On March 24, 2011, Governor Jerry Brown signed SB 86 into law. SB 86 creates a window of opportunity from August 1, 2011 to October 31, 2011, during which taxpayers can opt into a voluntary disclosure program. This program will permit taxpayers to report many types of unreported income without penalty, including income from previously unreported bank accounts. The new voluntary disclosure program also covers certain abusive tax avoidance transactions, unlike the Federal 2011 Offshore Voluntary Disclosure Initiative (“OVDI”). Under the California program, taxpayers would file amended returns, including the income from unreported bank accounts or eliminating deductions generated by abusive tax avoidance transactions.
The new California voluntary disclosure program provides that no criminal action will be brought against any taxpayer who participates in the program, provided that as of July 31, 2011: (i) no criminal complaint has been filed against the taxpayer in connection with the issues disclosed, and (ii) the taxpayer is not the subject of a criminal investigation in connection with the issues disclosed. Further, the new voluntary disclosure program will eliminate penalties other than the penalty under Section 19138 of the California Revenue and Taxation Code for large understatements of income by corporations, and the penalty under Section 19777.5 for failing to participate in the prior amnesty period, which ended on April 15, 2004.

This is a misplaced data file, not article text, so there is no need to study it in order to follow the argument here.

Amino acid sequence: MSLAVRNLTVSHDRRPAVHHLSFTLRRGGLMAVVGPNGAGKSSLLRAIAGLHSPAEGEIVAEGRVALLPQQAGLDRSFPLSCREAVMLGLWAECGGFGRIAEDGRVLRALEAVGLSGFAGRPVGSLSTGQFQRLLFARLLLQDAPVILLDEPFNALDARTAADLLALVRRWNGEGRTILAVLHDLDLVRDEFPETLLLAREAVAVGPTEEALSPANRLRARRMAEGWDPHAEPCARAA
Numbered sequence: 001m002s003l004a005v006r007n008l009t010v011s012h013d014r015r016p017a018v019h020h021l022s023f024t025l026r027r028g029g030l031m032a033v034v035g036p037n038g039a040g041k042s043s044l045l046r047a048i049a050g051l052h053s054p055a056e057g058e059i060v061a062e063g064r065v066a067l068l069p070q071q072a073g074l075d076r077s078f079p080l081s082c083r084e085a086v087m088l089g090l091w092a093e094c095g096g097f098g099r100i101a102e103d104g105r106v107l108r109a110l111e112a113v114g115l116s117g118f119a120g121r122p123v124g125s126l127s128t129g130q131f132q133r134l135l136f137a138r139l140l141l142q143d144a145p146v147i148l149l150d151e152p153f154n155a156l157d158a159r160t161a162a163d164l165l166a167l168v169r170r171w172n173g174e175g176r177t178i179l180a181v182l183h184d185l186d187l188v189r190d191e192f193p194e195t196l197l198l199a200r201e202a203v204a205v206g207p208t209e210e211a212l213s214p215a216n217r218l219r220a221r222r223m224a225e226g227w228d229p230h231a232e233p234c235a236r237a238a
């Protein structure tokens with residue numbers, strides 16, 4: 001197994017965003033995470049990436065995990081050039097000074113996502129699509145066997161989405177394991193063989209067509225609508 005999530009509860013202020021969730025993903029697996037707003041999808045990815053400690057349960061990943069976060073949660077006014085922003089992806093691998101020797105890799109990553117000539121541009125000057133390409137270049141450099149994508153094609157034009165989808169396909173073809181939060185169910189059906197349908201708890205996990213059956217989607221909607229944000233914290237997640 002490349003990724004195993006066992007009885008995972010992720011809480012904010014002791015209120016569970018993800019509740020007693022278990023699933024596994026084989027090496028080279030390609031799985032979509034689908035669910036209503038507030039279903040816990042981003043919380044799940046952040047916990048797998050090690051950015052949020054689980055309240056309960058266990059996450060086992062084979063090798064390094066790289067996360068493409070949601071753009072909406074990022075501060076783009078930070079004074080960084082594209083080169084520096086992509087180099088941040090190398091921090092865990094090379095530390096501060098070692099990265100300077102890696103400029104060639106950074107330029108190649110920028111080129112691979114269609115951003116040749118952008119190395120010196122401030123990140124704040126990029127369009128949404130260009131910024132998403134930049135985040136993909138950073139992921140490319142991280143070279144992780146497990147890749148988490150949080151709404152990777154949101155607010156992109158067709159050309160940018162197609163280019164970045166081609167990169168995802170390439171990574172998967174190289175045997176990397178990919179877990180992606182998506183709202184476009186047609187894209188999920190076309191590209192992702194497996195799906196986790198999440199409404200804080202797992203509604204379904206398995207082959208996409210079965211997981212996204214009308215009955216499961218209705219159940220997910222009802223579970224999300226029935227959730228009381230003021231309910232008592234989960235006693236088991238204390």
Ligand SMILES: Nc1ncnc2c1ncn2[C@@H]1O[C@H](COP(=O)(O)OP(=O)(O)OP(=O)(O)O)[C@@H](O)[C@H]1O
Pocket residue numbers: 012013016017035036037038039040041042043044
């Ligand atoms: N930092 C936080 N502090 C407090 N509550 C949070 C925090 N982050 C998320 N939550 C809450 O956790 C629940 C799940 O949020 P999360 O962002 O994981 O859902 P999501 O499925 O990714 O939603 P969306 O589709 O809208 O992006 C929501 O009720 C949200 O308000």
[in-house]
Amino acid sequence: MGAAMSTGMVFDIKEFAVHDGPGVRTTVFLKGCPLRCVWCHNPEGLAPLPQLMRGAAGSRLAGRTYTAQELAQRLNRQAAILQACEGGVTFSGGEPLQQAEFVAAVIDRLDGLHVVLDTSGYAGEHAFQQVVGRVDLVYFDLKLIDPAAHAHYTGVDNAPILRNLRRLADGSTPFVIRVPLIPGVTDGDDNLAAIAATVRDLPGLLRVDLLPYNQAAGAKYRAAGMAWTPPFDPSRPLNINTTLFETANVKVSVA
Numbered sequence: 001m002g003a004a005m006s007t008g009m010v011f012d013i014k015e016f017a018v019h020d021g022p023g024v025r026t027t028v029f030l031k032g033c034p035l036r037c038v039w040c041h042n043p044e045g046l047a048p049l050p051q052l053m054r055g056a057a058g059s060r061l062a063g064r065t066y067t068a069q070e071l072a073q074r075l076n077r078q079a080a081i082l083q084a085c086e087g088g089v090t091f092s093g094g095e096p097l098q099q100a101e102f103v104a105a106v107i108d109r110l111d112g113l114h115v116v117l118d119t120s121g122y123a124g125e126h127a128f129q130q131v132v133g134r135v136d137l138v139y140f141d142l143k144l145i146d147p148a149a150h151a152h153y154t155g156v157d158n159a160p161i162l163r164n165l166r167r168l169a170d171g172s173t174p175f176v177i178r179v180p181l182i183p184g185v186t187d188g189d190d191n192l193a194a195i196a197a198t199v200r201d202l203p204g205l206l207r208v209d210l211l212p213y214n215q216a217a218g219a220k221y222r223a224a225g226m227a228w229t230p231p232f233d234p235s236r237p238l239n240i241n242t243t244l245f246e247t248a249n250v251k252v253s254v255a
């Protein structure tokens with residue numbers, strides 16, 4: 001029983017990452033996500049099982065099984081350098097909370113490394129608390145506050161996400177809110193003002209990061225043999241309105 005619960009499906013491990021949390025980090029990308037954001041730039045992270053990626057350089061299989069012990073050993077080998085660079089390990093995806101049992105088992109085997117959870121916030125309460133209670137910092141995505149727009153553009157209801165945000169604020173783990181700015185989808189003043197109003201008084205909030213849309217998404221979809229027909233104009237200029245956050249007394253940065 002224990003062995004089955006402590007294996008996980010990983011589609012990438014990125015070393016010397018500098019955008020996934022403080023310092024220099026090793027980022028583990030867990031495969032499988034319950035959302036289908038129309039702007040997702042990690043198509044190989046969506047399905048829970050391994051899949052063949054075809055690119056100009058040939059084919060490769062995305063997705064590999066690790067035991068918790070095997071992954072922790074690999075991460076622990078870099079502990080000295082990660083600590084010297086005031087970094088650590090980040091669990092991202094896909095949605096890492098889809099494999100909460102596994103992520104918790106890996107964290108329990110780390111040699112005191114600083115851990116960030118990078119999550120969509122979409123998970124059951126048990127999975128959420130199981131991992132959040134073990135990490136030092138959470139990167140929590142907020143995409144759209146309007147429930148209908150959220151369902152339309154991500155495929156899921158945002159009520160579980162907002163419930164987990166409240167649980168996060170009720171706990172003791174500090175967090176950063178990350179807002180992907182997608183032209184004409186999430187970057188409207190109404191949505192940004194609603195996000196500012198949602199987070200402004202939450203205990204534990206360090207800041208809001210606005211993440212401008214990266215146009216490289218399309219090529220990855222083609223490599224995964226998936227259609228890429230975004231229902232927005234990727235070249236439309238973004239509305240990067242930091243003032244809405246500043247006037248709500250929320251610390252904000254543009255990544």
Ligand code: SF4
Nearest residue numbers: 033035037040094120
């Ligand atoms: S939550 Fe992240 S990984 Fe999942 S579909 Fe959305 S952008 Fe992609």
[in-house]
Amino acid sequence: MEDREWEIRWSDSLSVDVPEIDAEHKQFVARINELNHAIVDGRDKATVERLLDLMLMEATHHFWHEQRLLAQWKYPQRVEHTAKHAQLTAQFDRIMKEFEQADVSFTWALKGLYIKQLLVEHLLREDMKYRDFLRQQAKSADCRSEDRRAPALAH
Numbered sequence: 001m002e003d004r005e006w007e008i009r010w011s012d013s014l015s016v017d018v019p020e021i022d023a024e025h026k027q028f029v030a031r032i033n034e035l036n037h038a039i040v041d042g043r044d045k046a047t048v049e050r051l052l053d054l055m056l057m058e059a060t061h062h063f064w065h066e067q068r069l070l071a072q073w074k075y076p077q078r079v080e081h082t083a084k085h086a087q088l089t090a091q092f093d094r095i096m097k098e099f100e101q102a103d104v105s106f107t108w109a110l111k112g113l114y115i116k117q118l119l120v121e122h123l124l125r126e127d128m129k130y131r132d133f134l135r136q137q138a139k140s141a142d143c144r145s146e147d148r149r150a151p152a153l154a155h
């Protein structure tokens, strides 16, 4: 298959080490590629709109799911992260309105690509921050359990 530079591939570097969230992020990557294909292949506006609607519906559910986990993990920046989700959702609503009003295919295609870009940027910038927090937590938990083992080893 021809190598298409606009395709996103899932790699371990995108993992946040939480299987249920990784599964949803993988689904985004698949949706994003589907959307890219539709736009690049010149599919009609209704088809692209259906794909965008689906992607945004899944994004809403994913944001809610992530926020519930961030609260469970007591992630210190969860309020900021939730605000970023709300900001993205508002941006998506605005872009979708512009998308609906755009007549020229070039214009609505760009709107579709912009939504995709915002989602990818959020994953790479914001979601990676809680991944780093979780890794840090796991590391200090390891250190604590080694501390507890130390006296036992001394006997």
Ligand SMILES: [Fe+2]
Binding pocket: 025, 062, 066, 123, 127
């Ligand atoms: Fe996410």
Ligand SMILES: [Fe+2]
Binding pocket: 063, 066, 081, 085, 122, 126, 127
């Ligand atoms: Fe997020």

Taxpayers who face federal as well as California issues (as most will) will want to coordinate any voluntary disclosure, as there is information sharing between the IRS and California’s tax authorities, including the Franchise Tax Board. While the reporting of previously unreported income from foreign bank accounts could be coordinated with the OVDI, there is no special federal voluntary disclosure program covering abusive tax avoidance transactions. As such, the taxpayer would need to develop a strategy with his or her tax advisor as to how to coordinate California and federal disclosure of abusive tax avoidance transactions. Of course, the IRS has a general voluntary disclosure program, as set forth in Section 126.96.36.199 of the Internal Revenue Manual, subject to certain eligibility requirements.